Again this is only an example as there are many great brands available out there.
Click To Enlarge.
Dave Jr. Working The Triarco Booth
At The 2007 MHP Kurt Angle Teen Challenge.
Starting To Do The Deal!
[ Q ] You mentioned your father Dave helping you with the training and nutrition side of your preparation. In what other ways has he helped you to succeed in this tough sport?
I know he loves me unconditionally, to a degree maybe with frustration as he puts up with my growing pains as a teen and young adult. My dad 100% looks after my best interests and he is my net. I'm extremely lucky to have a solid family foundation where he and my mother keep me grounded to understand how I can benefit from anything I choose to excel at in life.
[ Q ] Are there any special training requirements that the teenage competitor should consider when preparing for a show?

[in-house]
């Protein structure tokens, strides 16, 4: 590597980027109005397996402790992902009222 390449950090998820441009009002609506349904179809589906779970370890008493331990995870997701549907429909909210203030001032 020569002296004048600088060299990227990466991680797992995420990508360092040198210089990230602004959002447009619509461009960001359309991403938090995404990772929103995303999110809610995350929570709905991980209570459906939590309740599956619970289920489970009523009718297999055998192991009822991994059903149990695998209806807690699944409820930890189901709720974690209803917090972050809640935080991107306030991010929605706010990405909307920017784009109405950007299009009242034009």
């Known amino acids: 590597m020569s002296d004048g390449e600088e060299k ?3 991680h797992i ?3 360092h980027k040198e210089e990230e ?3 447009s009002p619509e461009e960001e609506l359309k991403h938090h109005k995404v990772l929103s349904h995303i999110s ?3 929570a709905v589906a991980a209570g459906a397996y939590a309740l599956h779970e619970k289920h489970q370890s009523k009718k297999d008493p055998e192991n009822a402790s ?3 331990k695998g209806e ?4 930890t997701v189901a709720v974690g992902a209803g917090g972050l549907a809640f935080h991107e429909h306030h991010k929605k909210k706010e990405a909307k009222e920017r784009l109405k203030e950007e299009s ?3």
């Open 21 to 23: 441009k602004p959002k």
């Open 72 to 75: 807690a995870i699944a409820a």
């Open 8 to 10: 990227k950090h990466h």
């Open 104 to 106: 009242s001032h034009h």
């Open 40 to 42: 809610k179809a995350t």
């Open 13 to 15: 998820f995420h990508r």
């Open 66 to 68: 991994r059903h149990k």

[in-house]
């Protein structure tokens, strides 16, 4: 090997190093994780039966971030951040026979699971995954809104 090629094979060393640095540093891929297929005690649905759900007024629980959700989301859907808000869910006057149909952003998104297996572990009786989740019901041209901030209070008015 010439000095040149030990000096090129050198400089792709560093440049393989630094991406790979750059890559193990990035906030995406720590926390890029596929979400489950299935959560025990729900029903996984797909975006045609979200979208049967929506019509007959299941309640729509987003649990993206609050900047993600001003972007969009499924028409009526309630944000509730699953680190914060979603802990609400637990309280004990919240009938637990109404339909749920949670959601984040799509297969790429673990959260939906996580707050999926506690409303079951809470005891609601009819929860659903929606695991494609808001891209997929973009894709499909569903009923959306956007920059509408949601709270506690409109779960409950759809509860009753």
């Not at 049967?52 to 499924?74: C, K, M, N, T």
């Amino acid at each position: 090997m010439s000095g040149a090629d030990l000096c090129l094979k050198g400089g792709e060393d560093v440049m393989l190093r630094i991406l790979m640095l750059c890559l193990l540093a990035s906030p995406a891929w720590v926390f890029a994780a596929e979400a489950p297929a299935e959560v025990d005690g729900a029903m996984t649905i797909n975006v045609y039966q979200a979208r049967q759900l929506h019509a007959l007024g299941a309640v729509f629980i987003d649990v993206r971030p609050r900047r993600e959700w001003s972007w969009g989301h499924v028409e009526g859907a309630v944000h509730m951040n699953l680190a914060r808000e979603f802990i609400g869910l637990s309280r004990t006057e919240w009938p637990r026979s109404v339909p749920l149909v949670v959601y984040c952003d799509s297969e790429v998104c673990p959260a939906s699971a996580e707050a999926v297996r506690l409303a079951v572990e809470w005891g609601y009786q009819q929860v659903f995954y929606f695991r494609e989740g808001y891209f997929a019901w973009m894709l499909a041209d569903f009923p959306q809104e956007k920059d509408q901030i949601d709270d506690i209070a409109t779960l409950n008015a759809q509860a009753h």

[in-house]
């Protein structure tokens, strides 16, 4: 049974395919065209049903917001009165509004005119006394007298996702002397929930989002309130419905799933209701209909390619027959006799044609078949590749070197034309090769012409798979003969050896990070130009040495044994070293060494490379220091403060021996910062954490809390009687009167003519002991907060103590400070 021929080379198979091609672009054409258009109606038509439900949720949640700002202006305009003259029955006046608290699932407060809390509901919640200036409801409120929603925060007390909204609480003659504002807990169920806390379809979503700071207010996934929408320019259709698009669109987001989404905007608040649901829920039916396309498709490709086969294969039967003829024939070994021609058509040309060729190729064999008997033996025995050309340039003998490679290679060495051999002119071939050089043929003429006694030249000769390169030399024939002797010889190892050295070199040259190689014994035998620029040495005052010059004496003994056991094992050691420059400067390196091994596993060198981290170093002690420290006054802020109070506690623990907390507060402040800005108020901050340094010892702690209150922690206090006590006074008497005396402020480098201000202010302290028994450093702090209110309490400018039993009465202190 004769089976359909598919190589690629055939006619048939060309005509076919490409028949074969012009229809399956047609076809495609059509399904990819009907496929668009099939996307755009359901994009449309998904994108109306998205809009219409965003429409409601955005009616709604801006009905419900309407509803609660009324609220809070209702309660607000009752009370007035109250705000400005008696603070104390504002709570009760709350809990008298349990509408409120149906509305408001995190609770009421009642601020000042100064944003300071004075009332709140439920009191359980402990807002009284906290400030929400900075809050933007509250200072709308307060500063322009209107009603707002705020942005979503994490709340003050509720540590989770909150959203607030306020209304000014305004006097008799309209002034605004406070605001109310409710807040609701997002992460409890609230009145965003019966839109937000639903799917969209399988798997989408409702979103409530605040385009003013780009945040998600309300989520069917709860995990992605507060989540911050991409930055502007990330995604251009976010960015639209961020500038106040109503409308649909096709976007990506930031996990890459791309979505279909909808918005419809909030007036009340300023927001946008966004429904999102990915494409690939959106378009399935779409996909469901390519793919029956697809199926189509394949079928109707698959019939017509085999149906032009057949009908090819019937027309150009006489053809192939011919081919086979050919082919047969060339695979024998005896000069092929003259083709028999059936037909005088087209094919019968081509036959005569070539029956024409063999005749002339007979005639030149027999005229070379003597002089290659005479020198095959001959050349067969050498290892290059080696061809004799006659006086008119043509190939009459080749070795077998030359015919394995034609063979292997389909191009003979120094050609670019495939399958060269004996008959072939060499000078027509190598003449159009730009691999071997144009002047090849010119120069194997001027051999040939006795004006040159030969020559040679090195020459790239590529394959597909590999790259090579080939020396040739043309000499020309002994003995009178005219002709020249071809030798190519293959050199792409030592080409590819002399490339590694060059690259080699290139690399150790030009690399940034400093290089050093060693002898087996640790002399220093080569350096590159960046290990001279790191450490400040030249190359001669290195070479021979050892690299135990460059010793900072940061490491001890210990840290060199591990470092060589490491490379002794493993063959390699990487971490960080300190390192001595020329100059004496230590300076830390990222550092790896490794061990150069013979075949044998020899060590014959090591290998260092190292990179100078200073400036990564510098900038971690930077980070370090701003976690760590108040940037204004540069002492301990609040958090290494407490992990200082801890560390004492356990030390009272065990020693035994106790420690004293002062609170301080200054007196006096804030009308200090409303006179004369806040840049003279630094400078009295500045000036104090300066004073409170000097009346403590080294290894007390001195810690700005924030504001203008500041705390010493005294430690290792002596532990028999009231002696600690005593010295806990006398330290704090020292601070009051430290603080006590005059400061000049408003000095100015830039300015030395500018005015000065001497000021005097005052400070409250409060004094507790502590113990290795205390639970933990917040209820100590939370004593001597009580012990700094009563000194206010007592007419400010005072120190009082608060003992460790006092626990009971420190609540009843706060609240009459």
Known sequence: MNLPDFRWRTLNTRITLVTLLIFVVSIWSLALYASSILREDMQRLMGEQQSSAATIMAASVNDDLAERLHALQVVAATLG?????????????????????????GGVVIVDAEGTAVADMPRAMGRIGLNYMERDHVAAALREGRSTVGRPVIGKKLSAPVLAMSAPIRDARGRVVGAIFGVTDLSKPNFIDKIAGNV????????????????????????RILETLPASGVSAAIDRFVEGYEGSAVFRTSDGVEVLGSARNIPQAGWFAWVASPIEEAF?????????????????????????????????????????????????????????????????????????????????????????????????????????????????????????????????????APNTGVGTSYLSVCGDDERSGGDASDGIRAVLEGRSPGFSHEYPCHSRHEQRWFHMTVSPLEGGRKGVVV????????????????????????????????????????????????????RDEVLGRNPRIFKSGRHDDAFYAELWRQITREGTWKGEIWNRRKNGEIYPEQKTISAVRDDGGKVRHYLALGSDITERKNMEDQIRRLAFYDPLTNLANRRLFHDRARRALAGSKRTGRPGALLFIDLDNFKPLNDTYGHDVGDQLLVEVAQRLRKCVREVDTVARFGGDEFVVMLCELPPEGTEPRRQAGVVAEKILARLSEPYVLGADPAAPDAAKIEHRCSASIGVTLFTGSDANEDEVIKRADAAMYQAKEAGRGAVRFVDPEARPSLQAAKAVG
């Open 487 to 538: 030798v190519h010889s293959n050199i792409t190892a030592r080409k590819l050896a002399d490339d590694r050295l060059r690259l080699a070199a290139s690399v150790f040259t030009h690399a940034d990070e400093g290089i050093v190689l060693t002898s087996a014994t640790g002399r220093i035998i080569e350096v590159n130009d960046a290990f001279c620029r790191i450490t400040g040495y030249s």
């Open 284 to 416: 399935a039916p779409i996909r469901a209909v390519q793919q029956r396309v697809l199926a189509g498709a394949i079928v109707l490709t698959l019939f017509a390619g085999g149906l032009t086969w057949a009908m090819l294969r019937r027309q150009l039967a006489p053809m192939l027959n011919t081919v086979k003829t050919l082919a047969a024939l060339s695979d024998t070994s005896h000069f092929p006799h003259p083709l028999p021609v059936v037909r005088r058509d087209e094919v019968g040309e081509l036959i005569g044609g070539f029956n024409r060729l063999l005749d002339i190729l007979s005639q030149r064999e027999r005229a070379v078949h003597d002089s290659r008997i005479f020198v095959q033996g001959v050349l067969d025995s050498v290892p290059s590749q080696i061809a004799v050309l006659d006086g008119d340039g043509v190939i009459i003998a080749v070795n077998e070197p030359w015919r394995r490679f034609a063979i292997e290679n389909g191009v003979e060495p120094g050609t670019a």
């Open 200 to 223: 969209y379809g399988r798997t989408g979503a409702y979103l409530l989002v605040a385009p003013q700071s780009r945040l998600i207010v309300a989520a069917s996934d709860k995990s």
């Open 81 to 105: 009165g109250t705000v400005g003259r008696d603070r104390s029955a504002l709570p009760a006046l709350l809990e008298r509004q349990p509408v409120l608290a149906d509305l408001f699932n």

Most teenagers with the drive and determination in the gym and good goal-setting skills when they are getting ready for a show, can most likely figure out their training regiment and diet to begin looking better and more like a competitor. Where most fail is when they don't take the time to practice posing.
Learning how to hold their mandatory poses and developing a routine to best display their physique is often a problem. All the training at the gym and dieting cannot really prep you to do your best onstage. I've seen some great teen and men athletes I've competed against that I thought might beat me but when we were on stage I out-shined them due to my many hours of posing and presentation practice.
[ Q ] What advice would you give to a teenage bodybuilder who wants to compete for the first time?